Posted on 1 April 2019
Professor Amanda Lillie, from the University of York’s, Department of History of Art, said: “The Head Curator of Drawings at Windsor - Martin Clayton – chose to display Leonardo Da Vinci’s drawings right across the UK and in cities or towns that might never have had a Leonardo in them before.
“His idea was that no-one in the UK should be more than 50 miles from a Leonardo during in the 500th anniversary year of his death. It is also important for the Royal Collections that the Queen's works be seen to be available to the nation.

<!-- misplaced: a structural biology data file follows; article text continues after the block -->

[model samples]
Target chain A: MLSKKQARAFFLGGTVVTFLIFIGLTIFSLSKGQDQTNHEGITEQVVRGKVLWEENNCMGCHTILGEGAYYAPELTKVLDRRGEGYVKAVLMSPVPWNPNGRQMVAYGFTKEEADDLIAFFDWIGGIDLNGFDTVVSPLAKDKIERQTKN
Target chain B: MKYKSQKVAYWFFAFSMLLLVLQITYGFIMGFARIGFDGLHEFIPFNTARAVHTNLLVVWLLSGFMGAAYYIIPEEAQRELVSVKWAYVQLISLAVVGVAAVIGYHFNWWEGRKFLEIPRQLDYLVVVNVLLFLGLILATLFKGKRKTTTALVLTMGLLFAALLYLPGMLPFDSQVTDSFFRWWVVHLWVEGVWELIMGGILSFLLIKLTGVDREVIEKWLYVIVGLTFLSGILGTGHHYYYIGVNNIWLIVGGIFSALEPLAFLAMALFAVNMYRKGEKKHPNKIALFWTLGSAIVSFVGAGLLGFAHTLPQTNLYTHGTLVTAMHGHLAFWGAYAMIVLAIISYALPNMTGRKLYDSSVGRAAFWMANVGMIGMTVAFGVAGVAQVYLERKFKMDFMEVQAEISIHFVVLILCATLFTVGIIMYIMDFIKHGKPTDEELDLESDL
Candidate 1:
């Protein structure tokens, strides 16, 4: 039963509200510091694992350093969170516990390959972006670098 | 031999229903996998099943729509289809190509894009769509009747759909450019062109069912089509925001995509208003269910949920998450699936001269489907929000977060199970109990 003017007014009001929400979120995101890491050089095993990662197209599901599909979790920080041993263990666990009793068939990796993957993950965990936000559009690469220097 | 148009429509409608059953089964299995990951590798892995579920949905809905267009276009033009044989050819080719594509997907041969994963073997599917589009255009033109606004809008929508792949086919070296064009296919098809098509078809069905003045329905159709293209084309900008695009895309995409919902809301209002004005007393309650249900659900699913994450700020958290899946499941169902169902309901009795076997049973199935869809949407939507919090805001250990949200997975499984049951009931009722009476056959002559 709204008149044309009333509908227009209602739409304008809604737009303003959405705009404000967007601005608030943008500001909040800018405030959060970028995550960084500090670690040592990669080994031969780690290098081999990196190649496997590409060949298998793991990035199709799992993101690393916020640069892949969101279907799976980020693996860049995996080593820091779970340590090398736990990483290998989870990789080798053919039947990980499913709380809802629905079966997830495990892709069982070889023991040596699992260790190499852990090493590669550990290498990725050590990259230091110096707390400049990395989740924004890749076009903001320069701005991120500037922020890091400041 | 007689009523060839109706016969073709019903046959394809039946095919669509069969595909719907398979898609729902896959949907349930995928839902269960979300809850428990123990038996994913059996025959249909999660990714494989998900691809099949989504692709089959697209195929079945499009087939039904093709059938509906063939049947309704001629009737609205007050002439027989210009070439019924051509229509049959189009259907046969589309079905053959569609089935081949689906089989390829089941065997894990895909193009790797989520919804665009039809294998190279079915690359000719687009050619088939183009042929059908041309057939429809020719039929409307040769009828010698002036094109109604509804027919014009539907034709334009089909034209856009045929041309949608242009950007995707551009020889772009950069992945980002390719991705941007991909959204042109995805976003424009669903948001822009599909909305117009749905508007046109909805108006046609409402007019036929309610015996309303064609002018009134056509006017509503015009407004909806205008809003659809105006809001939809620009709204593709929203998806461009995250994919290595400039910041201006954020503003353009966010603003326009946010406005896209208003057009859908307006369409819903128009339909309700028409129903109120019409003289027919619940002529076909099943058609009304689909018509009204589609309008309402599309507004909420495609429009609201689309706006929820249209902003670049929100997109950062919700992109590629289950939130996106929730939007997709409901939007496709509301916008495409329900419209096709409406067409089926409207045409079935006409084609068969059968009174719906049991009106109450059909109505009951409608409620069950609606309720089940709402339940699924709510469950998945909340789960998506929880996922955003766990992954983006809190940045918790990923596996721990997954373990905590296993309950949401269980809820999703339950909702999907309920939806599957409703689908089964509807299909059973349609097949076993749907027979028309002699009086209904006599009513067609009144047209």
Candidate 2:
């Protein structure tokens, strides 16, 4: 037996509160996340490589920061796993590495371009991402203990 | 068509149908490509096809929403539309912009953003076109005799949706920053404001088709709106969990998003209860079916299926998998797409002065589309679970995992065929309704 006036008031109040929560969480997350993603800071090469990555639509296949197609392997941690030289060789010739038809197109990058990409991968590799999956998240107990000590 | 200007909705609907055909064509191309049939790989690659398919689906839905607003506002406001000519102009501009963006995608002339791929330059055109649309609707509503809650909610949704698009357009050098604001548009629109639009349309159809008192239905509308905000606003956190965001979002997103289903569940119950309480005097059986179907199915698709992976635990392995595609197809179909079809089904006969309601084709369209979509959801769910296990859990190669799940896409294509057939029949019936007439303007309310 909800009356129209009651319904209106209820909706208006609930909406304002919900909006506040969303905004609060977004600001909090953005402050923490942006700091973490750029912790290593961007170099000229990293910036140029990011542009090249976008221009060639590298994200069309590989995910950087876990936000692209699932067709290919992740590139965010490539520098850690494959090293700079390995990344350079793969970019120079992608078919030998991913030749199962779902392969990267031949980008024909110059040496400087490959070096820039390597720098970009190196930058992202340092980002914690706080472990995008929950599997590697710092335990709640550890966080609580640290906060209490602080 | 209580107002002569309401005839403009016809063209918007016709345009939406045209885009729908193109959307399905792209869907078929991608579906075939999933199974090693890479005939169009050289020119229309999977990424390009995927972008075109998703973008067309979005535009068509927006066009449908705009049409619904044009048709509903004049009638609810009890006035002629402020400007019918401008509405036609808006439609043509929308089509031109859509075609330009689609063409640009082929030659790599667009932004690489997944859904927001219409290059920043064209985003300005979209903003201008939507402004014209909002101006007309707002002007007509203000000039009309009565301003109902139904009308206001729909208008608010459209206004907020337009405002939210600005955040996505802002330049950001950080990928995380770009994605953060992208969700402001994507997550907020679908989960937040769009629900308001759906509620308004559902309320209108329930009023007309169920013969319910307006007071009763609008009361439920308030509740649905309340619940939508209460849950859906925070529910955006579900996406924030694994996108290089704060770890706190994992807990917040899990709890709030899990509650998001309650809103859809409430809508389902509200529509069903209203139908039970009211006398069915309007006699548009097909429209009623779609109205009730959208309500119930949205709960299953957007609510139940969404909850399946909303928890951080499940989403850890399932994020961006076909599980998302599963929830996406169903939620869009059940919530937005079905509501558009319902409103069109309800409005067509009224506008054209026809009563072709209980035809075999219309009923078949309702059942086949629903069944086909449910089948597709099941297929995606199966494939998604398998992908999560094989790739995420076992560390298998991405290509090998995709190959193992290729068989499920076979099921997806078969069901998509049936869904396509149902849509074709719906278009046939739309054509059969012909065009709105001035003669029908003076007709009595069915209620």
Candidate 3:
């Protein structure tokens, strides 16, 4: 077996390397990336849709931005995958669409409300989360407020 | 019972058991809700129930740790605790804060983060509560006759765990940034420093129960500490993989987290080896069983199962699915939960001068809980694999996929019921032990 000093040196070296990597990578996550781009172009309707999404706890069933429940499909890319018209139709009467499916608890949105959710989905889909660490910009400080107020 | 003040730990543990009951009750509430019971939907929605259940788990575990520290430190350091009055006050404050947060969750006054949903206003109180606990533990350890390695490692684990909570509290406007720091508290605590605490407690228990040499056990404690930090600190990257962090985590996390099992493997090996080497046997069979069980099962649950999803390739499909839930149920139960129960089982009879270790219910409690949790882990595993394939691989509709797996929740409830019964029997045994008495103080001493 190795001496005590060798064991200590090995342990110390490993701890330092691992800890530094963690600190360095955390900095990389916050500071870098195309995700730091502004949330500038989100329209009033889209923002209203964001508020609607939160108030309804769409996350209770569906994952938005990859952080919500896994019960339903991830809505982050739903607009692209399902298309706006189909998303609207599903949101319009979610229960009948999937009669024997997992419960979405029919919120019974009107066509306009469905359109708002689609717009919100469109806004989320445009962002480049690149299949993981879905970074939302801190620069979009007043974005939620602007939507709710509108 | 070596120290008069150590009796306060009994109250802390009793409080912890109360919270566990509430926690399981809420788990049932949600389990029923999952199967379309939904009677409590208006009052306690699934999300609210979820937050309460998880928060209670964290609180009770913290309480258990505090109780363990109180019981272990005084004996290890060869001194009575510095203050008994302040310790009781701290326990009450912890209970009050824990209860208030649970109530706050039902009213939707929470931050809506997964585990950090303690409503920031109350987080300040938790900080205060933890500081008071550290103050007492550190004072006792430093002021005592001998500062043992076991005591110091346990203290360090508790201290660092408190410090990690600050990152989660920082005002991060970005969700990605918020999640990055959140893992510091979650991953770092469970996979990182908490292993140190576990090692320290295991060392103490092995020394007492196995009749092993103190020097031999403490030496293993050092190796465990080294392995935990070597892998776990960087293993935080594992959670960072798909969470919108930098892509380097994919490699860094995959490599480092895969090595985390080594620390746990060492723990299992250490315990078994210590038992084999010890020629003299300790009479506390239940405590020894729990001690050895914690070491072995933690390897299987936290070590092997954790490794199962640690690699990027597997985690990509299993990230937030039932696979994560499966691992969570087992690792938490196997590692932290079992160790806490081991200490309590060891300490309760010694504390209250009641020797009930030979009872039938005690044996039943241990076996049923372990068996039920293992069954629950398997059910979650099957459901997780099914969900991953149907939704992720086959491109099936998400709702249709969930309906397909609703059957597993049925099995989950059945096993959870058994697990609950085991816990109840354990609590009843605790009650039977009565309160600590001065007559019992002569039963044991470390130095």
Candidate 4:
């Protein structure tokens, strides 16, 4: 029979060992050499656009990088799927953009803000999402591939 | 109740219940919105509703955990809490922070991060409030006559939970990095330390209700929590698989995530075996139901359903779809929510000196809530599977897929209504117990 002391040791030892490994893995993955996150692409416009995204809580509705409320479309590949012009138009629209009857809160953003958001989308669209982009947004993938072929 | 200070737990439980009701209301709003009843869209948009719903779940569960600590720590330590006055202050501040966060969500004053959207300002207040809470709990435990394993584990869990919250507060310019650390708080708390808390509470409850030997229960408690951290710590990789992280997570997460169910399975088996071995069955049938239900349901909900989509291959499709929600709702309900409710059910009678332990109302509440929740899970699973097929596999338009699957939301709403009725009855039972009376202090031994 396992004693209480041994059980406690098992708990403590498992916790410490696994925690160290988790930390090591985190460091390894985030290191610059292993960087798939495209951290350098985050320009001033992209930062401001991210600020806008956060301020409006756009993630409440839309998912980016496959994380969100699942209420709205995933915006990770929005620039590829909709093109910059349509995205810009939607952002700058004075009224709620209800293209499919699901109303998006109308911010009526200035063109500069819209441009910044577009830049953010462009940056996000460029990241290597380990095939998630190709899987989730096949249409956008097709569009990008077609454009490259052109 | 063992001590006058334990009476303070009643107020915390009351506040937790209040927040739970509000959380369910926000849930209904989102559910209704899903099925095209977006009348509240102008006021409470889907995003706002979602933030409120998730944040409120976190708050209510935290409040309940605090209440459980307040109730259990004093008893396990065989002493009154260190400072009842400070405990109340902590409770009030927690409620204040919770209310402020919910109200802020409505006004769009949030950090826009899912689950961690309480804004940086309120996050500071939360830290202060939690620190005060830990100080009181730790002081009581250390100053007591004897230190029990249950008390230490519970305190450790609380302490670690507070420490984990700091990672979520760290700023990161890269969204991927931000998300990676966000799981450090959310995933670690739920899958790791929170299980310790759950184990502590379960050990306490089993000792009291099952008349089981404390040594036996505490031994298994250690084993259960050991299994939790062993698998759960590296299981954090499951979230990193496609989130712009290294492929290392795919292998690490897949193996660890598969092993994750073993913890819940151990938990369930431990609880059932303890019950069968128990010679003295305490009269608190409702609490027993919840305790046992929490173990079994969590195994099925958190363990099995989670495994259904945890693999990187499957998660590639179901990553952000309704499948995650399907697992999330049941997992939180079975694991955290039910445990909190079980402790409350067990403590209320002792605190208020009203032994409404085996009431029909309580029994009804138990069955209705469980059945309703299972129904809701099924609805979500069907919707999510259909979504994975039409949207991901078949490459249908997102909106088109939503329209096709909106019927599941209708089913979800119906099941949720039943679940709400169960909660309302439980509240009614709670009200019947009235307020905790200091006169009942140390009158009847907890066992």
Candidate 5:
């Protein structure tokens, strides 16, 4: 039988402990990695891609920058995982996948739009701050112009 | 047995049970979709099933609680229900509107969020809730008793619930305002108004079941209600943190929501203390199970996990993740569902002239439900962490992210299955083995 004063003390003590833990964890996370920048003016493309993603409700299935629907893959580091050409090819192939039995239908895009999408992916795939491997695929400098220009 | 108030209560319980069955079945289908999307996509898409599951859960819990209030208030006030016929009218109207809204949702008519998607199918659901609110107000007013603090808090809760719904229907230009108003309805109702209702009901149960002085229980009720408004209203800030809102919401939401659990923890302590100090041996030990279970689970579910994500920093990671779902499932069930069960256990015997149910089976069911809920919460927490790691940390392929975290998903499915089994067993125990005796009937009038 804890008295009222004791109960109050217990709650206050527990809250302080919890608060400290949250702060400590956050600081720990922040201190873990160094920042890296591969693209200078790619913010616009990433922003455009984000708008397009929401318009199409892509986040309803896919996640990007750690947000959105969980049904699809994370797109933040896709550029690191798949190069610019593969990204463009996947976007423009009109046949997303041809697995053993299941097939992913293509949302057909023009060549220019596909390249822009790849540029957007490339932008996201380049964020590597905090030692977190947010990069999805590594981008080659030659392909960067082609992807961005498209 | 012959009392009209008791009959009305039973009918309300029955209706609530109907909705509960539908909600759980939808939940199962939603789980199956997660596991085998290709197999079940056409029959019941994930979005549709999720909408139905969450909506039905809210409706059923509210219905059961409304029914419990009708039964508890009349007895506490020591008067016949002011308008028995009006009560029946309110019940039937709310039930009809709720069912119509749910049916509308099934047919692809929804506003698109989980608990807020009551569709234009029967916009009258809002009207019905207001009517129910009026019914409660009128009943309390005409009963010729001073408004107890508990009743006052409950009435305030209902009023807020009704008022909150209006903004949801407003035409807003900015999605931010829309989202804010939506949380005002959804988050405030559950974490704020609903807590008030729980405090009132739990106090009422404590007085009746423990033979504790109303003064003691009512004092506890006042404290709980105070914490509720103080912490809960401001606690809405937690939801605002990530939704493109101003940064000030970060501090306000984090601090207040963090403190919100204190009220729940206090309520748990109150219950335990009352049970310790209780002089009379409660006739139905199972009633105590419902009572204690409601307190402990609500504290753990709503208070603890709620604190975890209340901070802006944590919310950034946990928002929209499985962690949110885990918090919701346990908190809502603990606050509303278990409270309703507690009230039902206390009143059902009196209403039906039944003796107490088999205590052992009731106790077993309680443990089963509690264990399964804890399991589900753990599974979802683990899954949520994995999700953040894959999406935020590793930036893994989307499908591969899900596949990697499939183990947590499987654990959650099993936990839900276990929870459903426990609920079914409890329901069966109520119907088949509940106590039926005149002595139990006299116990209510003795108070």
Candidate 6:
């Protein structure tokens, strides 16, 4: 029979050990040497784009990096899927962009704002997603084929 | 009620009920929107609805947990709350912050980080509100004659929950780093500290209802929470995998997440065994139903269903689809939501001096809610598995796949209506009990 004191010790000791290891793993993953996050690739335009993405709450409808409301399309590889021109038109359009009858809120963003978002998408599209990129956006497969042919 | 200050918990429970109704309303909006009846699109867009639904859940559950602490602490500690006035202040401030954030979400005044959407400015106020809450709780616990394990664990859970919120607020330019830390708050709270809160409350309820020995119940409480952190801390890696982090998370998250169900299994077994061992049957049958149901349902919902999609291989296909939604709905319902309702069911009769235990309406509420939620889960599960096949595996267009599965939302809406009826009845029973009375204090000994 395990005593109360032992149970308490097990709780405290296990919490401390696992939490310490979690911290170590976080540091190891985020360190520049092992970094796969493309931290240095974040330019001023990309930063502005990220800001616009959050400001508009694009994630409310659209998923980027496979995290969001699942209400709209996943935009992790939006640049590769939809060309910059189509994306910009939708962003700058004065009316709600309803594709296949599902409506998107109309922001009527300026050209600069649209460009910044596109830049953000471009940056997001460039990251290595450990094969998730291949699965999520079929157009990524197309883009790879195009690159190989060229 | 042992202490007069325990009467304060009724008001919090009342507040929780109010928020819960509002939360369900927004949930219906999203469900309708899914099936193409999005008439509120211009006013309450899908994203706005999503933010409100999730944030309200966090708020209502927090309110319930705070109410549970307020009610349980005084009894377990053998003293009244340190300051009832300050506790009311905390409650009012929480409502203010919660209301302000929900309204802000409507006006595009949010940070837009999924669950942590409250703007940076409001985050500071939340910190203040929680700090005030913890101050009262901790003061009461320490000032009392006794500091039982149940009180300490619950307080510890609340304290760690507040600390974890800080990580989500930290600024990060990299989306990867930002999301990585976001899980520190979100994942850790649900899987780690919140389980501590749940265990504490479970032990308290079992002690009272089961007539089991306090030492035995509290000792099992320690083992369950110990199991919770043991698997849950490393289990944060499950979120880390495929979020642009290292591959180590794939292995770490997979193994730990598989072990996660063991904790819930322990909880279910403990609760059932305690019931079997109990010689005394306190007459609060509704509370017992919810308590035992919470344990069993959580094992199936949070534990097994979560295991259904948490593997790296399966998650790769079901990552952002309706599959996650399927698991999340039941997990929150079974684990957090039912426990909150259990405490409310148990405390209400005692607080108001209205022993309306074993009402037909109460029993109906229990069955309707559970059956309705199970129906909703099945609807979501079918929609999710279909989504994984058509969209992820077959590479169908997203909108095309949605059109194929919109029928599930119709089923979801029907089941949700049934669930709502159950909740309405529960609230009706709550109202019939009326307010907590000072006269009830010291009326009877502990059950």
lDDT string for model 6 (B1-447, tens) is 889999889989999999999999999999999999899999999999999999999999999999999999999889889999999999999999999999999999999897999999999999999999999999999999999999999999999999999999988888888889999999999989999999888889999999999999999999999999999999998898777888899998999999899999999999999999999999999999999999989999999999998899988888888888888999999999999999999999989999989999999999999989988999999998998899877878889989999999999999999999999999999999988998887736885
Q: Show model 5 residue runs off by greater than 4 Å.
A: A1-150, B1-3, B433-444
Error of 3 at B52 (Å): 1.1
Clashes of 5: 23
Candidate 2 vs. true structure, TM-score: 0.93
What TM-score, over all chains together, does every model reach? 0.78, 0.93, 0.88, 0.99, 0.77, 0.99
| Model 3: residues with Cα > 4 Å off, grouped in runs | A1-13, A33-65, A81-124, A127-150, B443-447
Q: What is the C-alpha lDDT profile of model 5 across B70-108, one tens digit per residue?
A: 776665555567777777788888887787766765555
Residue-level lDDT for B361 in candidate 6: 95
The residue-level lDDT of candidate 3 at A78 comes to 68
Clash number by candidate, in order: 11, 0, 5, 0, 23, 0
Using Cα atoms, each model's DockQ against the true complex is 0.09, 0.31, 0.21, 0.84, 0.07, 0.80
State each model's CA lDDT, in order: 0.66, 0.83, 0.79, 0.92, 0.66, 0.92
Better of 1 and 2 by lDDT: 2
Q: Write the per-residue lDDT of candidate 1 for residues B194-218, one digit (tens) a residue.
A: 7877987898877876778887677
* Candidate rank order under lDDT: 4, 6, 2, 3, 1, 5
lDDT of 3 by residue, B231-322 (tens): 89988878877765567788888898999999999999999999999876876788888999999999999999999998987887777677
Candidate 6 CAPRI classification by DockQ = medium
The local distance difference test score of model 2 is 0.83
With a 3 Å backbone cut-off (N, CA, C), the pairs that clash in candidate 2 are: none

“Leonardo used drawing as an investigative tool, forensically examining and re-examining things through the act of drawing.
“It is as though the pen or chalk or metal point became a type of probe to achieve a deeper understanding of a rock, a plant, a human body, a building, a topographical view, or a war machine.
“The immediacy and spontaneity of drawing were the ideal medium for Leonardo to capture ephemera or intangible phenomena such as clouds, winds, eddies of water at the bend of a river, an earthquake, a deluge, or the effect of atmosphere on a view of distant mountains.
“Looking at the extraordinary range of his drawings we are amazed at how his draftsmanship turned a map, or a blood vessel, or a hurried sketch of a cat into something beautiful.”
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